This article was originally published by Radio Free Europe/Radio Liberty and is reprinted with permission.
A World War II-era bomb was discovered intact beneath the surface of the Kremlin in Moscow during construction works on August 15, Russian media reported.
Work was being done to strengthen the ground soil in the Tainitsky Garden of the Kremlin close to the Moscow River, media reports said. A cellar for storing provisions was located there previously.
The bomb was taken out of the Kremlin complex to be destroyed.
President Vladimir Putin’s spokesman assured the media that the bomb didn’t disrupt the Russian leader’s schedule.
The Kremlin is one of Europe’s oldest medieval fortresses and was built between the 14th and 17th centuries.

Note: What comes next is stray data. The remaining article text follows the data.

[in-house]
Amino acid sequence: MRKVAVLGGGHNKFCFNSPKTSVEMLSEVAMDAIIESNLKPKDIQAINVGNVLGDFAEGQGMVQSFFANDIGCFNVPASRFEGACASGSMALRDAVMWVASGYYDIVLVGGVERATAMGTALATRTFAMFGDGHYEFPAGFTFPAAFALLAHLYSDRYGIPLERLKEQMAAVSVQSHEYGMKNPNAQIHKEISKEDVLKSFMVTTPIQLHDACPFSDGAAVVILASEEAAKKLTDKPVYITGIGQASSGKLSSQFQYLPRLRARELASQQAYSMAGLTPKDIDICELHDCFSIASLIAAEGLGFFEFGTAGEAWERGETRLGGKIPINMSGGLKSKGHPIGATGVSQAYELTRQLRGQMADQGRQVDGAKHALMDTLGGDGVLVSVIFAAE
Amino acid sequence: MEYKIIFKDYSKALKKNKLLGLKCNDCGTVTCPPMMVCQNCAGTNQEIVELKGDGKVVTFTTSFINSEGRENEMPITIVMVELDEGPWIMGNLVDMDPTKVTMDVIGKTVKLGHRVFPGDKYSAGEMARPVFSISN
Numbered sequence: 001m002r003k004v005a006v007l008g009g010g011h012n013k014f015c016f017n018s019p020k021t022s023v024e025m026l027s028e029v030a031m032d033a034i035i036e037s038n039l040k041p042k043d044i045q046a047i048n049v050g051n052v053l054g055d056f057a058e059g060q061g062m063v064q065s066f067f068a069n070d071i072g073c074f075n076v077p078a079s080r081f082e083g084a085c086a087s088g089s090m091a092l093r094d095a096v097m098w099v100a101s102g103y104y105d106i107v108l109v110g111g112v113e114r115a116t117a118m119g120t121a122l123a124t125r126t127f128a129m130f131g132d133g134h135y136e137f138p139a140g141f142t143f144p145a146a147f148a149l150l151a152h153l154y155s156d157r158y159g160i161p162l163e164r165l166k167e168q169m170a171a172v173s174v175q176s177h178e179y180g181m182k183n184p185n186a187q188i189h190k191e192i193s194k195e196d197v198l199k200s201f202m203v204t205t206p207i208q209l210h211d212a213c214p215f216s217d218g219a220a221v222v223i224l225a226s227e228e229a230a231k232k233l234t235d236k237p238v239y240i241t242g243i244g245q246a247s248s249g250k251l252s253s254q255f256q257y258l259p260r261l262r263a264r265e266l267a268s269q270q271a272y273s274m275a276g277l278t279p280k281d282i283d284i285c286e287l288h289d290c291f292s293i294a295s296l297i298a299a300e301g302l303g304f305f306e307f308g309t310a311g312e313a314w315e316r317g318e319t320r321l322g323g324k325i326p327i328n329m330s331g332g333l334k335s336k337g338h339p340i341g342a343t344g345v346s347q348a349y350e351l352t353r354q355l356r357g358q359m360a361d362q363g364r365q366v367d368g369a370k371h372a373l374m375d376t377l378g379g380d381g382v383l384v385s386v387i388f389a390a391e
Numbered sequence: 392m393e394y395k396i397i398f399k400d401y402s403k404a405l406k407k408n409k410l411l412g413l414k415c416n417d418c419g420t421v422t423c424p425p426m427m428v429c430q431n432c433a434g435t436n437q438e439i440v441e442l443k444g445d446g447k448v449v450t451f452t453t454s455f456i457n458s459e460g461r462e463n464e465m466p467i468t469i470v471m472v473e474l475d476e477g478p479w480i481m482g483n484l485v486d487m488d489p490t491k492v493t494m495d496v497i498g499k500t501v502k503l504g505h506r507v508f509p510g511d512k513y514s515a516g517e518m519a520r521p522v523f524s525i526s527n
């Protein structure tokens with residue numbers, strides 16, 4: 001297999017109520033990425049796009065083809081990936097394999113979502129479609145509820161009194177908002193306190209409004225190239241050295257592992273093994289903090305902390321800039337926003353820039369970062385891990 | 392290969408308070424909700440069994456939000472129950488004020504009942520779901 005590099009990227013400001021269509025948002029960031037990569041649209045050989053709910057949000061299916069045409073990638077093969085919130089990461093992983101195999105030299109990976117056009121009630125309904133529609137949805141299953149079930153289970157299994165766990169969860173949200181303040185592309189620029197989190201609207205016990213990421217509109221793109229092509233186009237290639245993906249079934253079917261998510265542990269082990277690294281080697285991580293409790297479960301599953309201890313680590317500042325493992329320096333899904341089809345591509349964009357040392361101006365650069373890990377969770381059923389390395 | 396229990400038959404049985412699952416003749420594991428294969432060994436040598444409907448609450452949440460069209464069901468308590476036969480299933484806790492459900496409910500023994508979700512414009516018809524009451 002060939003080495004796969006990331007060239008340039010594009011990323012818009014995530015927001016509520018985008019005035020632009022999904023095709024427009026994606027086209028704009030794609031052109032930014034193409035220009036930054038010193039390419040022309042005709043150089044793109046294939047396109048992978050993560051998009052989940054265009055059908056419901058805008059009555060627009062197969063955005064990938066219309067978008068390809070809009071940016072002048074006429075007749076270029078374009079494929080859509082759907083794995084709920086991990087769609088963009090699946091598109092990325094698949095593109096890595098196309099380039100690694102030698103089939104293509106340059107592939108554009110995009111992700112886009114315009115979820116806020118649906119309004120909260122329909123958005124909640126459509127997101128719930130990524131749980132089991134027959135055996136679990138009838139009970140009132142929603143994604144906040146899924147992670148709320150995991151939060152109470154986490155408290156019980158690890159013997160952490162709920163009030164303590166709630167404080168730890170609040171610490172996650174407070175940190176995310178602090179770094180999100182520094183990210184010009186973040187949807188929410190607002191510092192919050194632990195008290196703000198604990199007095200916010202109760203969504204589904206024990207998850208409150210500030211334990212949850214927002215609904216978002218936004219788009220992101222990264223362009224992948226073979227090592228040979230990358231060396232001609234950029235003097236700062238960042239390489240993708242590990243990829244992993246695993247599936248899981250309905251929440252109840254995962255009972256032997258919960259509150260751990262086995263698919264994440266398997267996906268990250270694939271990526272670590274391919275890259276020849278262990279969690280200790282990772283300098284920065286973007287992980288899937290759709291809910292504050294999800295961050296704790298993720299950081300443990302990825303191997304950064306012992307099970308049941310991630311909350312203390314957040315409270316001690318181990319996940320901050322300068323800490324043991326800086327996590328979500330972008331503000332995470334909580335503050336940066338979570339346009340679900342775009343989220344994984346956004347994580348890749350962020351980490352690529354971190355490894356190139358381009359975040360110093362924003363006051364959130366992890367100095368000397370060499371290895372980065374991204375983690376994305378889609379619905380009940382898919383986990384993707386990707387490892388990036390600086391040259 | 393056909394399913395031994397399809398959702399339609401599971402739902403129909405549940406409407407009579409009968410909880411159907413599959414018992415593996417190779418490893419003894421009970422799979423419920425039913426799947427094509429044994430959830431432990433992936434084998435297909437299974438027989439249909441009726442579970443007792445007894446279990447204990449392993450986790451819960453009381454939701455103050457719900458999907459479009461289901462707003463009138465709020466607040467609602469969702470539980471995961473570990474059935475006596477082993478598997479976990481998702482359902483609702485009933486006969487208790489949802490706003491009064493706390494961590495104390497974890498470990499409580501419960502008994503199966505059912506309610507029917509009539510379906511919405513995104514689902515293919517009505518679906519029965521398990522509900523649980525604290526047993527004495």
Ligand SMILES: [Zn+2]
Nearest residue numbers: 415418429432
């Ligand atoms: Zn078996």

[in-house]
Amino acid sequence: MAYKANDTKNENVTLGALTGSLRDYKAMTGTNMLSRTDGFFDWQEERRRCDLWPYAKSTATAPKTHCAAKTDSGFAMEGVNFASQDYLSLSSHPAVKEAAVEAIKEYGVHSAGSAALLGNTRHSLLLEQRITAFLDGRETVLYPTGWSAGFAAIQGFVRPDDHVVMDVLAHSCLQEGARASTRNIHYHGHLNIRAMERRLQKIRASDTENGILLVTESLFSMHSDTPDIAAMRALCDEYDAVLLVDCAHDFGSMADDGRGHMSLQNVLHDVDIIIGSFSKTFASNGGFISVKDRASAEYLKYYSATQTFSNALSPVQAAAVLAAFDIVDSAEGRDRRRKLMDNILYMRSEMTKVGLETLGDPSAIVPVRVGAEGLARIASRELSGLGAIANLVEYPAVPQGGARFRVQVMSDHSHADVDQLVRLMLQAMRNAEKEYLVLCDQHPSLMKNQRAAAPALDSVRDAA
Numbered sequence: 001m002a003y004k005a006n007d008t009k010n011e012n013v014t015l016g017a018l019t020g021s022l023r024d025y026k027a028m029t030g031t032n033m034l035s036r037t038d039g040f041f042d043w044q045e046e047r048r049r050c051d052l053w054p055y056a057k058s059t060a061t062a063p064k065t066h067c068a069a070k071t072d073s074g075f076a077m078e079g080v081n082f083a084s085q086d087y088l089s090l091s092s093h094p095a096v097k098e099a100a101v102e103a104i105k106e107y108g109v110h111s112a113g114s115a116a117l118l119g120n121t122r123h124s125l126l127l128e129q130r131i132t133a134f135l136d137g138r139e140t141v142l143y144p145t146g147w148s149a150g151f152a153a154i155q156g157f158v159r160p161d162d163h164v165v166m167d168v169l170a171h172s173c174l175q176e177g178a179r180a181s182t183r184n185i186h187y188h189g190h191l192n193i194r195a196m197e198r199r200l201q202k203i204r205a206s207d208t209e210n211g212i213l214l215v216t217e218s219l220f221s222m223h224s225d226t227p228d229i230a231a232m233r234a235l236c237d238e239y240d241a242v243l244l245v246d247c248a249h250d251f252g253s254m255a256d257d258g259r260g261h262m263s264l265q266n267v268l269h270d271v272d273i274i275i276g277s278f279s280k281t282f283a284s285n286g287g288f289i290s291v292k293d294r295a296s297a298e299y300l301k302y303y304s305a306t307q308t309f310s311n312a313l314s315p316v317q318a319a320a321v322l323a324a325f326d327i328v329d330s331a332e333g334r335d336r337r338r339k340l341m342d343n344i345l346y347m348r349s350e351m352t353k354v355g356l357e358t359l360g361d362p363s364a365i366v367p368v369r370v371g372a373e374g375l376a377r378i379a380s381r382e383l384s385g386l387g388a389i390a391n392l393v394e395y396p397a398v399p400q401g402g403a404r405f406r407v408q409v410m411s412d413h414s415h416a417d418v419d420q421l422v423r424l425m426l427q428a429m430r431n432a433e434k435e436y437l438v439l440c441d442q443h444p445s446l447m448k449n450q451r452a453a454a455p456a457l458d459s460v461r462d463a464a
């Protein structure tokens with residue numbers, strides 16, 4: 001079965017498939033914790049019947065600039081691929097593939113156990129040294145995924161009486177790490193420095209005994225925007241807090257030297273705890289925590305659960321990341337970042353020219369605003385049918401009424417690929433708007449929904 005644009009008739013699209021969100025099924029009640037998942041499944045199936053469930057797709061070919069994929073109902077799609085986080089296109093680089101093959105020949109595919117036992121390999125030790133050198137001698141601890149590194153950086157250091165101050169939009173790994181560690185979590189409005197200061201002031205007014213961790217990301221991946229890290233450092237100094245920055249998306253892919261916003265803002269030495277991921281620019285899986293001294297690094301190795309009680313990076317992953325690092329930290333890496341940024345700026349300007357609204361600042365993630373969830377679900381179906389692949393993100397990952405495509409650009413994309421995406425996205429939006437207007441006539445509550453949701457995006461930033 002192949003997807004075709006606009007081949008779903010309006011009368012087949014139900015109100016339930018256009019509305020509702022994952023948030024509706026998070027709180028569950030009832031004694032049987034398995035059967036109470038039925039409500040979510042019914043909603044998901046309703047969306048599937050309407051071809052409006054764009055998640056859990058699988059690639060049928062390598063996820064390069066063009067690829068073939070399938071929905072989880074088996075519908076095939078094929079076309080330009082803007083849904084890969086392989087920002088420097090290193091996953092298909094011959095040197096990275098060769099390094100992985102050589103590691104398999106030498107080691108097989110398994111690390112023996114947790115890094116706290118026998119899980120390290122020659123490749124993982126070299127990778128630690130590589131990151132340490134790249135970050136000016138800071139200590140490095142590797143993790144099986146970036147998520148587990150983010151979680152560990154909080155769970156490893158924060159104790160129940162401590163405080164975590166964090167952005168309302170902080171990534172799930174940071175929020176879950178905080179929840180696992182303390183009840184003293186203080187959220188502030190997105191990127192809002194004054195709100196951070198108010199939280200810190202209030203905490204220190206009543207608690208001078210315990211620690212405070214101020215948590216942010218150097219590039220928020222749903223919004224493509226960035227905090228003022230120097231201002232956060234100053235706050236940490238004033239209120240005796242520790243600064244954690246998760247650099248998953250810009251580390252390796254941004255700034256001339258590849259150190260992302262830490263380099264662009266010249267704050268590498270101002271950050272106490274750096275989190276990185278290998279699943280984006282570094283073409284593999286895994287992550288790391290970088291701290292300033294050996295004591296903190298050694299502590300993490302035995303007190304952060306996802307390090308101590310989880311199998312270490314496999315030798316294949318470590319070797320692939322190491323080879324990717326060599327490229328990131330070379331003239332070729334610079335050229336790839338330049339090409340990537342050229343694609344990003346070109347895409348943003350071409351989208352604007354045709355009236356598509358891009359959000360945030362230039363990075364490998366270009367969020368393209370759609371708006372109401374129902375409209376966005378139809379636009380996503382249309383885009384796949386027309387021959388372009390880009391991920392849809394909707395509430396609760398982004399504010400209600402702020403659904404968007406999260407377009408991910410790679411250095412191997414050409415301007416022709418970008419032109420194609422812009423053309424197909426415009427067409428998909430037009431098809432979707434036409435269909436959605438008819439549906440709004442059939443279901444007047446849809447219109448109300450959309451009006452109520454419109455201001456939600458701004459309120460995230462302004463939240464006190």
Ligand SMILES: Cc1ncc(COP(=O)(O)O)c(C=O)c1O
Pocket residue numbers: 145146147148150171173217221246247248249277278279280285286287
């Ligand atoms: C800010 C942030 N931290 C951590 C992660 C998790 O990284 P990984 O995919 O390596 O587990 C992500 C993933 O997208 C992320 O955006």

It was the official residence for tsars, Soviet leaders, and now Russian presidents, and is a UNESCO World Heritage site.
When Nazi Germany invaded the Soviet Union in 1941, its reconnaissance units reached within 20 kilometers of Moscow in November of that year before a brutal winter set in and the Red Army marshaled a counterattack the following year.
Nazi bombers made the Kremlin a primary target during the Battle for Moscow, damaging the roof of one of its palaces.